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Last updated on April 20, 2014 at 21:20 EDT

Opportunity Starting 10th Anniversary With New Trek

June 7, 2013
Image Caption: NASA's Mars Exploration Rover Opportunity used its panoramic camera (Pancam) to acquire this view of "Solander Point" during the mission's 3,325th Martian day, or sol (June 1, 2013). The southward-looking scene, presented in false color, shows Solander Point on the center horizon, "Botany Bay" in the foreground, and "Cape Tribulation" in the far background at left. Credit: NASA/JPL-Caltech/Cornell Univ./Arizona State Univ.

Lee Rannals for redOrbit.com — Your Universe Online

NASA’s veteran rover Opportunity is trekking towards a new study area as it closes in on its 10th year anniversary.

The space agency said Opportunity is moving towards a destination known as Solander Point, which offers access to a taller stack of geological layering than the area the rover has been working at the past 20 months.

“Getting to Solander Point will be like walking up to a road cut where you see a cross section of the rock layers,” said Ray Arvidson of Washington University, St. Louis, deputy principal investigator for the mission.

This new area offers plenty of ground that is tilted towards the north, providing Opportunity with plenty of solar power so it can stay active and mobile through the coming Martian southern-hemisphere winter.

“We’re heading to a 15-degree north-facing slope with a goal of getting there well before winter,” said John Callas of NASA’s Jet Propulsion Laboratory, Pasadena, Calif., project manager for the Mars Exploration Rover Project.

NASA said Opportunity is starting to show some signs of aging, such as loss of motion in some joints, but continues to accomplish groundbreaking exploration and science. The rover launched along with its twin, Spirit, back in 2003. Spirit ceased operations during its fourth Martian winter in 2010, but Opportunity will be closing in on its 10th year since launching on July 7, 2003.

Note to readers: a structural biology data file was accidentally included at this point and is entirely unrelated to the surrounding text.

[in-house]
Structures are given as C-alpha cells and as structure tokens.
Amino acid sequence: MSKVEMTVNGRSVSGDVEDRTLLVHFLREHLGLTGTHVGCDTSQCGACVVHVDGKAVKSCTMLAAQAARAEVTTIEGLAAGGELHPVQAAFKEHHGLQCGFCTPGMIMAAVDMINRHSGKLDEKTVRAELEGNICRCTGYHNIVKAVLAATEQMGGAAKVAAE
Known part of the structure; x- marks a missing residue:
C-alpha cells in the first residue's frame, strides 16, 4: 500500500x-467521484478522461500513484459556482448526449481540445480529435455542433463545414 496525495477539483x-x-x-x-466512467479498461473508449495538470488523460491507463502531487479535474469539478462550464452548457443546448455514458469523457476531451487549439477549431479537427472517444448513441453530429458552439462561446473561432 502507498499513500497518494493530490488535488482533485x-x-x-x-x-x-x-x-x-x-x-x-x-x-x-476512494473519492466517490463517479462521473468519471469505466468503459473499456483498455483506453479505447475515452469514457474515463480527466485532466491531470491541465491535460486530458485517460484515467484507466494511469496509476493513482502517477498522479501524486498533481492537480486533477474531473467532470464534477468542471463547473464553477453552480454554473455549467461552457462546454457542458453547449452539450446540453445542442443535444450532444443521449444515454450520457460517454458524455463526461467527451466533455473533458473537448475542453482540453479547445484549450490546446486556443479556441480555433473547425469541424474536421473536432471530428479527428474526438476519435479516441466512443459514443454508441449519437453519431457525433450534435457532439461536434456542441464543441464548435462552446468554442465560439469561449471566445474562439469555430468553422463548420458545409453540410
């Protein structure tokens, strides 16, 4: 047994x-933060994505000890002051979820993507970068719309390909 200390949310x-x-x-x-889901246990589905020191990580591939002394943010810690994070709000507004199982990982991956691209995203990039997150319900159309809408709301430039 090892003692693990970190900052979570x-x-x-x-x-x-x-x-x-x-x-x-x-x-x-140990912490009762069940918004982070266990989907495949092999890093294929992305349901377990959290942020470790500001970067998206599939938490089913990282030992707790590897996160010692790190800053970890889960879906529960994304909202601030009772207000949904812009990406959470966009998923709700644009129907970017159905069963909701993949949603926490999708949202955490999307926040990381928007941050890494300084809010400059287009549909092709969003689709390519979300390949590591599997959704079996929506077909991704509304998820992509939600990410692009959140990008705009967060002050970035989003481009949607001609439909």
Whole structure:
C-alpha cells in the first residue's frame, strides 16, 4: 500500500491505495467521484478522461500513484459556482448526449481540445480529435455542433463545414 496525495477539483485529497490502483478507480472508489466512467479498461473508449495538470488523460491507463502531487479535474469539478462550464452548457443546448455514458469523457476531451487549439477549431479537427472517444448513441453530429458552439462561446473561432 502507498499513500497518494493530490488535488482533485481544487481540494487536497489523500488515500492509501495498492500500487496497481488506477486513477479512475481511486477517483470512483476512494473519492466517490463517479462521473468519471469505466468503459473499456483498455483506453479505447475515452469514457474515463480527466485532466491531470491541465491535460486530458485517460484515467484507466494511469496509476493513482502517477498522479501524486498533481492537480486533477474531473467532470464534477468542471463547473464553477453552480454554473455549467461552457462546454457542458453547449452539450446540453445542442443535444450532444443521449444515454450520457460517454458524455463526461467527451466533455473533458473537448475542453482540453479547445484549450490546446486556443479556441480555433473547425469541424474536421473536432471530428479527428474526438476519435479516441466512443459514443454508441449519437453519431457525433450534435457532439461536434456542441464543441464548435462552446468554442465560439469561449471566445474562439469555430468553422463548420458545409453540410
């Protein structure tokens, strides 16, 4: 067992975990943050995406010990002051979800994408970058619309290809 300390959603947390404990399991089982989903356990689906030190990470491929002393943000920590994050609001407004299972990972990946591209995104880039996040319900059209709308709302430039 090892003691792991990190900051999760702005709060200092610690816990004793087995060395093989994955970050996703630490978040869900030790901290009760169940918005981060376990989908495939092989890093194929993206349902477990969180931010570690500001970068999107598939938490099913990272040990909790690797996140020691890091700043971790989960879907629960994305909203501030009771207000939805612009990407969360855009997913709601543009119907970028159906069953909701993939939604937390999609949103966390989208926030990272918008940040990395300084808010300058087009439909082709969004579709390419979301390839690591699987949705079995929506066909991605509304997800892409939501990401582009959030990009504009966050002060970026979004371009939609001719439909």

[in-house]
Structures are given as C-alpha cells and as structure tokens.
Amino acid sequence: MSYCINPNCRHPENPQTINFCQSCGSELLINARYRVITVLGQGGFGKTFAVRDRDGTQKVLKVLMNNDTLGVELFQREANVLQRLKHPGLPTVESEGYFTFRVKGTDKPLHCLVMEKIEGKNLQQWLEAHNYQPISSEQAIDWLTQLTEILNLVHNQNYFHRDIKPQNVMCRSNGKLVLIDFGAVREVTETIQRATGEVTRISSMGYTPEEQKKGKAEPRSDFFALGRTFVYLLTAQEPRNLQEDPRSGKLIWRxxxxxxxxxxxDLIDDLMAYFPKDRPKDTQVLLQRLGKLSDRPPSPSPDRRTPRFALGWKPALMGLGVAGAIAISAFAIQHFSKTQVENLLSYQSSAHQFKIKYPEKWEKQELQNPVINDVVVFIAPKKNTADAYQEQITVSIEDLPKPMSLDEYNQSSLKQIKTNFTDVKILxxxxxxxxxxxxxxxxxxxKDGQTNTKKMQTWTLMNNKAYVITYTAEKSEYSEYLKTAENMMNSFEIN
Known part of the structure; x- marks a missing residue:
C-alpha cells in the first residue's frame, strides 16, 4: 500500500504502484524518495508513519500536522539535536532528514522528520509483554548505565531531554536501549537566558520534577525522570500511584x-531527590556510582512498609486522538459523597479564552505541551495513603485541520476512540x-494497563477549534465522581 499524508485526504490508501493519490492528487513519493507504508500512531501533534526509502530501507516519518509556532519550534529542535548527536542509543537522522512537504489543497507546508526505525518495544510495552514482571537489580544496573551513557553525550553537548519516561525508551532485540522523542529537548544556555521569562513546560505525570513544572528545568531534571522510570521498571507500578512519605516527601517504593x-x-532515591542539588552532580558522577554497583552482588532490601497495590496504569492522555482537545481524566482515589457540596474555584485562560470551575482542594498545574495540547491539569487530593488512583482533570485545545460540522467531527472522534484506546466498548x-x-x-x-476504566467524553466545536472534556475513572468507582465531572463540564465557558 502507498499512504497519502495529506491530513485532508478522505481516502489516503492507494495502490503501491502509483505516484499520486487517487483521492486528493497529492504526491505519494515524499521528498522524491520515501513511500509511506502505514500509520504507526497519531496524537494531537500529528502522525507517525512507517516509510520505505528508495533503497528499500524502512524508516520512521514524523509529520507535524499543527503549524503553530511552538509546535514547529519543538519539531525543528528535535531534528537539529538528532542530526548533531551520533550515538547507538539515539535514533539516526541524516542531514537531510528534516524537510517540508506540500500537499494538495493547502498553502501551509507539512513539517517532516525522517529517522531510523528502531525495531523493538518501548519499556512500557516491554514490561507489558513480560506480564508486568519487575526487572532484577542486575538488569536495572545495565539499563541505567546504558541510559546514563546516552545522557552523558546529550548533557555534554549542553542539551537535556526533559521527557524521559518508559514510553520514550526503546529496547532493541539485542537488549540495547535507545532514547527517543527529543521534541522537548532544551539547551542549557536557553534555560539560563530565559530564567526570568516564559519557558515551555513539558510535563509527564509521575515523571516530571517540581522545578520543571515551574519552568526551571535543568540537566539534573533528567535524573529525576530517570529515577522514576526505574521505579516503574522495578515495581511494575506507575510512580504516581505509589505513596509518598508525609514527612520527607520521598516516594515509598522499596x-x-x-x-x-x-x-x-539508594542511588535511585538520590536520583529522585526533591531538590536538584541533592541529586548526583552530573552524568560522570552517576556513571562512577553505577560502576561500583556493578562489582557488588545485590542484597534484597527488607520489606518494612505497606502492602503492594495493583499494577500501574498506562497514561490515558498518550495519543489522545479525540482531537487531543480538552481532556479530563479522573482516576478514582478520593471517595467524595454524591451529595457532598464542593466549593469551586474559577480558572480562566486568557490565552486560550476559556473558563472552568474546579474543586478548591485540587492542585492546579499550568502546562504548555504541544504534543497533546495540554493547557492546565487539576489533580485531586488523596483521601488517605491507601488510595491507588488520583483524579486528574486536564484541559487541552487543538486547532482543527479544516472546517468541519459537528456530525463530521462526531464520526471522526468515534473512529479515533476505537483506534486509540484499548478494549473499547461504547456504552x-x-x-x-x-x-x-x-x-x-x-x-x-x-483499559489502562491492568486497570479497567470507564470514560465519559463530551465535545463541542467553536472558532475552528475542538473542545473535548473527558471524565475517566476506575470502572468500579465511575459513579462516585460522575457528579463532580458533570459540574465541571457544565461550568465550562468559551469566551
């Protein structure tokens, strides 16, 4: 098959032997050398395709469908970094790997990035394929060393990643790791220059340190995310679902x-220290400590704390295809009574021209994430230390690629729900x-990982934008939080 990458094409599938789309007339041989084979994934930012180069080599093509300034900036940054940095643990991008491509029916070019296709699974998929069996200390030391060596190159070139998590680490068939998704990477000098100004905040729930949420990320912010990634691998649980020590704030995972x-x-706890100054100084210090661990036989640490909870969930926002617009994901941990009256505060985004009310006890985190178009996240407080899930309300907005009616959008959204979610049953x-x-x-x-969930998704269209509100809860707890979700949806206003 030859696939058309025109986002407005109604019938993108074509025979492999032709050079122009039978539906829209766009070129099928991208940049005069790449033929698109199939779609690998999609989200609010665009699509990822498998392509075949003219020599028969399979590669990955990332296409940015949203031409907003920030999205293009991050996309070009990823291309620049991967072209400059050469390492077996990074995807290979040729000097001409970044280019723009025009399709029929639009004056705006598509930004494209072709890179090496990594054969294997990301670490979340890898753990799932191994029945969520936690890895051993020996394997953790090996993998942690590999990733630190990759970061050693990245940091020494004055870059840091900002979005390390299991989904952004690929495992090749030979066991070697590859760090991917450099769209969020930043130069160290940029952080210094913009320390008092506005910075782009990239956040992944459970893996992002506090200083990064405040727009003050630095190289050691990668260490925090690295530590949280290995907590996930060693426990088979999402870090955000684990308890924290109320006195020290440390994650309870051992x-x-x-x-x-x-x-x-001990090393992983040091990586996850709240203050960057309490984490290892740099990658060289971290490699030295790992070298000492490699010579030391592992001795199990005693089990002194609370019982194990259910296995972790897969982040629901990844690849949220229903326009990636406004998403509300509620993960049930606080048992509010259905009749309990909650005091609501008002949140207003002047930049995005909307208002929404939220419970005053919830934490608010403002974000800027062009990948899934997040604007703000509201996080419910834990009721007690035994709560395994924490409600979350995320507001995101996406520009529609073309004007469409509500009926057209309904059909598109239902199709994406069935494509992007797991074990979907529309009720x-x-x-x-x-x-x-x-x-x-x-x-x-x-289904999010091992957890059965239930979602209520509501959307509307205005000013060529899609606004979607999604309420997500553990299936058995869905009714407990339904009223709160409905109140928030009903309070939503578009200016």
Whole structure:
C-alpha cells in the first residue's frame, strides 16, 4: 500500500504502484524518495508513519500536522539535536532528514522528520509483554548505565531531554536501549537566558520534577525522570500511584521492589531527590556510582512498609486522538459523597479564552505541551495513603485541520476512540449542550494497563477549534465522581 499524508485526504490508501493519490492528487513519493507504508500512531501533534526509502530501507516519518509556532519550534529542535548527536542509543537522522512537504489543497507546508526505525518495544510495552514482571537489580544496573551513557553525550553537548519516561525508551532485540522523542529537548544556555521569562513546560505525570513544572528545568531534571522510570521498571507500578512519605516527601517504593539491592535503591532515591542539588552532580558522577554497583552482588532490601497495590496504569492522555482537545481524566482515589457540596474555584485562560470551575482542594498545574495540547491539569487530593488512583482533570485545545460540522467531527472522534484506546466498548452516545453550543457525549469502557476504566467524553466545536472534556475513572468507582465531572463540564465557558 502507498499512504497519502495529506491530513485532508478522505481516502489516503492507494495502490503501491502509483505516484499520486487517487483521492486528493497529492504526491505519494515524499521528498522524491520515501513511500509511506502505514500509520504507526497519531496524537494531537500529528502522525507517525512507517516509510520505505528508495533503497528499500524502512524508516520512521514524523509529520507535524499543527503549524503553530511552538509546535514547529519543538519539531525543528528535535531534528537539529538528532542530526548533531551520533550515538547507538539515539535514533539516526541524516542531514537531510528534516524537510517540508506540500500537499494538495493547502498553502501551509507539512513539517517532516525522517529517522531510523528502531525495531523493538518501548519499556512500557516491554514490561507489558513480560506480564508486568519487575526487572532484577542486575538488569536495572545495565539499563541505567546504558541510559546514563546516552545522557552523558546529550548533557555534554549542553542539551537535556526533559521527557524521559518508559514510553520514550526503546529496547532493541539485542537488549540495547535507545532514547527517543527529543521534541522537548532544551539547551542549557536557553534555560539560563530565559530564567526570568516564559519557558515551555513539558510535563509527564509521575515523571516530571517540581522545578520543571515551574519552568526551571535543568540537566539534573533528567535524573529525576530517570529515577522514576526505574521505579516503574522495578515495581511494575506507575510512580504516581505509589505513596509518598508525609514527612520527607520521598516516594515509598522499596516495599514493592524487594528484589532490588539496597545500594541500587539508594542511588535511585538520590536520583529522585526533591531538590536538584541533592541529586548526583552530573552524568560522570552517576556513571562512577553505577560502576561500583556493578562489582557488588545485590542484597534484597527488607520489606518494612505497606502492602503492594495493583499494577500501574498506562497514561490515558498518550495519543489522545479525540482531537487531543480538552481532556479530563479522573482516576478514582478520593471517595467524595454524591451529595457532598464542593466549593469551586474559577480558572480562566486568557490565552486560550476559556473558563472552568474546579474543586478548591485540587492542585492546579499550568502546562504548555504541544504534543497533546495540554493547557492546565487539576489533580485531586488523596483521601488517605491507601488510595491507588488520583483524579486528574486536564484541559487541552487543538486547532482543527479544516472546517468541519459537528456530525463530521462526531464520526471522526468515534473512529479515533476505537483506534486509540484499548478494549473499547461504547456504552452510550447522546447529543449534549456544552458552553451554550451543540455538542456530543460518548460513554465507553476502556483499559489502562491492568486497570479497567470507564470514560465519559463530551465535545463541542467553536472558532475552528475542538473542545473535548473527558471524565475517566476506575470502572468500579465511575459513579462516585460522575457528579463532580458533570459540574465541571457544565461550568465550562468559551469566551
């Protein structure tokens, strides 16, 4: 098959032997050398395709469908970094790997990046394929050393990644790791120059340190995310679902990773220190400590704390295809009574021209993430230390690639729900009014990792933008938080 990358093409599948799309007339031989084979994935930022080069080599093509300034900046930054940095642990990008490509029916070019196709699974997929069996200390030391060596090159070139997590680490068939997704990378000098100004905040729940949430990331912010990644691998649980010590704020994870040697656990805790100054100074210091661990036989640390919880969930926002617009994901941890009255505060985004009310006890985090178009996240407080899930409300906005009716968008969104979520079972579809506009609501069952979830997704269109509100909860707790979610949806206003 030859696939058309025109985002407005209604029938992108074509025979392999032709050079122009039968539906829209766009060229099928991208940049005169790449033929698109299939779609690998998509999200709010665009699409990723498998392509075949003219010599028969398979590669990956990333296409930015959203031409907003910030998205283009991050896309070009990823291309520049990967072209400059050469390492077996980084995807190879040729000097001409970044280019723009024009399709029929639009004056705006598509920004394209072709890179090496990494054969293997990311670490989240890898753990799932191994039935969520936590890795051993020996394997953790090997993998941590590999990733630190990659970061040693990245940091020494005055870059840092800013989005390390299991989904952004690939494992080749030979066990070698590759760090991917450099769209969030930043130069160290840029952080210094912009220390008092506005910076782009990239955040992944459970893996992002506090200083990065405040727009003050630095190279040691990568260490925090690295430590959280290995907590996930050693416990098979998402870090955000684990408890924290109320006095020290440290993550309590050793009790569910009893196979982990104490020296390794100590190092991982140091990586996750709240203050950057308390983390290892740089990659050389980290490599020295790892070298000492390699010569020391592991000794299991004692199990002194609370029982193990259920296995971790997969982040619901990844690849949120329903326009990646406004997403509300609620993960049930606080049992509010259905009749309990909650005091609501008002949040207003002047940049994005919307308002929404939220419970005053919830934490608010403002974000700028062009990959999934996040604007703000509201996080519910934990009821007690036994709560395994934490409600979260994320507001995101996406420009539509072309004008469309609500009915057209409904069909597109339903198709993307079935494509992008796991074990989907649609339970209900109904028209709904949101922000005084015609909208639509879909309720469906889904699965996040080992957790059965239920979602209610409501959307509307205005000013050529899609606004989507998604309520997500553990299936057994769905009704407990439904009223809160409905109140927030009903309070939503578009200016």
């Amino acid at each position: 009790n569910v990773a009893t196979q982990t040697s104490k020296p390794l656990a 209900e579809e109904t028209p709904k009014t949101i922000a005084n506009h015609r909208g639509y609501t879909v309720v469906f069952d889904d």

Opportunity recently used its rock abrasion tool, the alpha particle X-ray spectrometer and the microscopic imager on its robotic arm to examine a rock known as “Esperance.” Results showed that this rock contained a clay-mineral composition.

“The Esperance results are some of the most important findings of our entire mission,” said Steve Squyres of Cornell University, Ithaca, N.Y., principal investigator for the mission. “The composition tells us about the environmental conditions that altered the minerals. A lot of water moved through this rock.”

NASA said a unique thing about this rock was that there was enough water not only for reactions that produced clay minerals, but also enough to flush out ions set loose by those reactions.

As Opportunity leaves Cape York, researchers hope to find evidence about different stages in the history of ancient Martian environments by trekking through a vertical cross-section through geological layering. The rover will be driving alongside the rim of Endeavour Crater to its next destination. This rim displays older rocks than what Opportunity has examined during the first eight years of the rover’s work on the Red Planet.

Meanwhile, on the other side of the planet, Curiosity is beginning to move to an area about five miles away. NASA said earlier this week that its newest rover will be taking off towards Mount Sharp in the southwest on a trek that will last several months.

“We don´t know when we´ll get to Mount Sharp,” said Mars Science Laboratory Project Manager Jim Erickson of NASA´s Jet Propulsion Laboratory, Pasadena, Calif. “This truly is a mission of exploration, so just because our end goal is Mount Sharp doesn´t mean we´re not going to investigate interesting features along the way.”

Curiosity still has many years to catch up to Opportunity’s veteran status, but the rover will be closing in on its one-year anniversary of activity on the Red Planet in August.


Source: Lee Rannals for redOrbit.com – Your Universe Online